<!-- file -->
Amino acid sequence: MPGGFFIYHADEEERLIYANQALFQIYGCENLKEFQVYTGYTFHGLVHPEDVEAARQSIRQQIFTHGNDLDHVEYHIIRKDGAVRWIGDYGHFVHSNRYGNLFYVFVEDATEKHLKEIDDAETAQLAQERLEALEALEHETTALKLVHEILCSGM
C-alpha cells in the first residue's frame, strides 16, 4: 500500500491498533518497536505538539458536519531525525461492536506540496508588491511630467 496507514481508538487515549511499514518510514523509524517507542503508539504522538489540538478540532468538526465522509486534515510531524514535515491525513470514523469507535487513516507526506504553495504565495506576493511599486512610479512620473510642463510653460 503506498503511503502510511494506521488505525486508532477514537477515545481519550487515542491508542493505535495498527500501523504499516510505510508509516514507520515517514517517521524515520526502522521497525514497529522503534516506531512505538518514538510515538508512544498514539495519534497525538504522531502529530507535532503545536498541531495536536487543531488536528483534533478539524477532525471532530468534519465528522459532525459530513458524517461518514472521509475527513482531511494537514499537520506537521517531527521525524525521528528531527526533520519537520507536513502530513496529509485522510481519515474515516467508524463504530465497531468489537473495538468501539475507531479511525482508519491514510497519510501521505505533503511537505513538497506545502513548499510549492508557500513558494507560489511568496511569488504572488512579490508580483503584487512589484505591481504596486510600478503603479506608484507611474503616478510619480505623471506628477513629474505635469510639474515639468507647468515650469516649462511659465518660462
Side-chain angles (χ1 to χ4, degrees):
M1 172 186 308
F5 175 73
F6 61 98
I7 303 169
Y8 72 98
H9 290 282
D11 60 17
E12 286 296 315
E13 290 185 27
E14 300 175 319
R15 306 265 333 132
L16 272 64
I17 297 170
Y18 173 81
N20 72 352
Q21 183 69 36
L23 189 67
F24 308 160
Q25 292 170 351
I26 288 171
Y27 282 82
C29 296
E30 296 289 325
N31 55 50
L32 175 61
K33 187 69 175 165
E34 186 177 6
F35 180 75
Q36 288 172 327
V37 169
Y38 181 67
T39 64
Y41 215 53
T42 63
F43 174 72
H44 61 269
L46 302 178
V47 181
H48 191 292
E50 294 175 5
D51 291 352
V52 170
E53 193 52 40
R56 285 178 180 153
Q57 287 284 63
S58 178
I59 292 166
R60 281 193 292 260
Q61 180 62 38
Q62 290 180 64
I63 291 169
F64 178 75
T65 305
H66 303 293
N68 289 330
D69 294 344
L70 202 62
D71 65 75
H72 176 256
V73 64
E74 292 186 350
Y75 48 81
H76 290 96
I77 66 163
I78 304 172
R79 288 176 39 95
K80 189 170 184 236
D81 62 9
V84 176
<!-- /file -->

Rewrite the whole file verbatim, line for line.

Amino acid sequence: MPGGFFIYHADEEERLIYANQALFQIYGCENLKEFQVYTGYTFHGLVHPEDVEAARQSIRQQIFTHGNDLDHVEYHIIRKDGAVRWIGDYGHFVHSNRYGNLFYVFVEDATEKHLKEIDDAETAQLAQERLEALEALEHETTALKLVHEILCSGM
C-alpha cells in the first residue's frame, strides 16, 4: 500500500491498533518497536505538539458536519531525525461492536506540496508588491511630467 496507514481508538487515549511499514518510514523509524517507542503508539504522538489540538478540532468538526465522509486534515510531524514535515491525513470514523469507535487513516507526506504553495504565495506576493511599486512610479512620473510642463510653460 503506498503511503502510511494506521488505525486508532477514537477515545481519550487515542491508542493505535495498527500501523504499516510505510508509516514507520515517514517517521524515520526502522521497525514497529522503534516506531512505538518514538510515538508512544498514539495519534497525538504522531502529530507535532503545536498541531495536536487543531488536528483534533478539524477532525471532530468534519465528522459532525459530513458524517461518514472521509475527513482531511494537514499537520506537521517531527521525524525521528528531527526533520519537520507536513502530513496529509485522510481519515474515516467508524463504530465497531468489537473495538468501539475507531479511525482508519491514510497519510501521505505533503511537505513538497506545502513548499510549492508557500513558494507560489511568496511569488504572488512579490508580483503584487512589484505591481504596486510600478503603479506608484507611474503616478510619480505623471506628477513629474505635469510639474515639468507647468515650469516649462511659465518660462
Side-chain angles (χ1 to χ4, degrees):
M1 172 186 308
F5 175 73
F6 61 98
I7 303 169
Y8 72 98
H9 290 282
D11 60 17
E12 286 296 315
E13 290 185 27
E14 300 175 319
R15 306 265 333 132
L16 272 64
I17 297 170
Y18 173 81
N20 72 352
Q21 183 69 36
L23 189 67
F24 308 160
Q25 292 170 351
I26 288 171
Y27 282 82
C29 296
E30 296 289 325
N31 55 50
L32 175 61
K33 187 69 175 165
E34 186 177 6
F35 180 75
Q36 288 172 327
V37 169
Y38 181 67
T39 64
Y41 215 53
T42 63
F43 174 72
H44 61 269
L46 302 178
V47 181
H48 191 292
E50 294 175 5
D51 291 352
V52 170
E53 193 52 40
R56 285 178 180 153
Q57 287 284 63
S58 178
I59 292 166
R60 281 193 292 260
Q61 180 62 38
Q62 290 180 64
I63 291 169
F64 178 75
T65 305
H66 303 293
N68 289 330
D69 294 344
L70 202 62
D71 65 75
H72 176 256
V73 64
E74 292 186 350
Y75 48 81
H76 290 96
I77 66 163
I78 304 172
R79 288 176 39 95
K80 189 170 184 236
D81 62 9
V84 176